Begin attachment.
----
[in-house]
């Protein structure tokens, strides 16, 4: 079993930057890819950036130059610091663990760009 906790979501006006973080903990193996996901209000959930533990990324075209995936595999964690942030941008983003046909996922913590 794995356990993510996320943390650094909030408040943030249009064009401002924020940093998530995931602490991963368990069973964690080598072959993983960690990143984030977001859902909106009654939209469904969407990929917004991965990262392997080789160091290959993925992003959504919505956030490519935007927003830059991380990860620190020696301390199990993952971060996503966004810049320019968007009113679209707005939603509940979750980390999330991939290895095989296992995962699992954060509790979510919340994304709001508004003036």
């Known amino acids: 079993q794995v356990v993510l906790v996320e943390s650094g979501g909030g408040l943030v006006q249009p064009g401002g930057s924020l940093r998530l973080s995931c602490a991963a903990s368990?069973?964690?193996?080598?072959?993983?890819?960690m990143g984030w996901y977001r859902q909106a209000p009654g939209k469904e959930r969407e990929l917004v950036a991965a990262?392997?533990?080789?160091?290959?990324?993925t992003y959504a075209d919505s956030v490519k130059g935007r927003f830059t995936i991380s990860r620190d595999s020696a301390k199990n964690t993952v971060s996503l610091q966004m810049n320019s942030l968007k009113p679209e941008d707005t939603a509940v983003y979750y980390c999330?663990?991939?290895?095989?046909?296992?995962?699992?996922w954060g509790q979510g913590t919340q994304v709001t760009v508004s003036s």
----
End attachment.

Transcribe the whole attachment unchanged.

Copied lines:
[in-house]
């Protein structure tokens, strides 16, 4: 079993930057890819950036130059610091663990760009 906790979501006006973080903990193996996901209000959930533990990324075209995936595999964690942030941008983003046909996922913590 794995356990993510996320943390650094909030408040943030249009064009401002924020940093998530995931602490991963368990069973964690080598072959993983960690990143984030977001859902909106009654939209469904969407990929917004991965990262392997080789160091290959993925992003959504919505956030490519935007927003830059991380990860620190020696301390199990993952971060996503966004810049320019968007009113679209707005939603509940979750980390999330991939290895095989296992995962699992954060509790979510919340994304709001508004003036």
């Known amino acids: 079993q794995v356990v993510l906790v996320e943390s650094g979501g909030g408040l943030v006006q249009p064009g401002g930057s924020l940093r998530l973080s995931c602490a991963a903990s368990?069973?964690?193996?080598?072959?993983?890819?960690m990143g984030w996901y977001r859902q909106a209000p009654g939209k469904e959930r969407e990929l917004v950036a991965a990262?392997?533990?080789?160091?290959?990324?993925t992003y959504a075209d919505s956030v490519k130059g935007r927003f830059t995936i991380s990860r620190d595999s020696a301390k199990n964690t993952v971060s996503l610091q966004m810049n320019s942030l968007k009113p679209e941008d707005t939603a509940v983003y979750y980390c999330?663990?991939?290895?095989?046909?296992?995962?699992?996922w954060g509790q979510g913590t919340q994304v709001t760009v508004s003036s």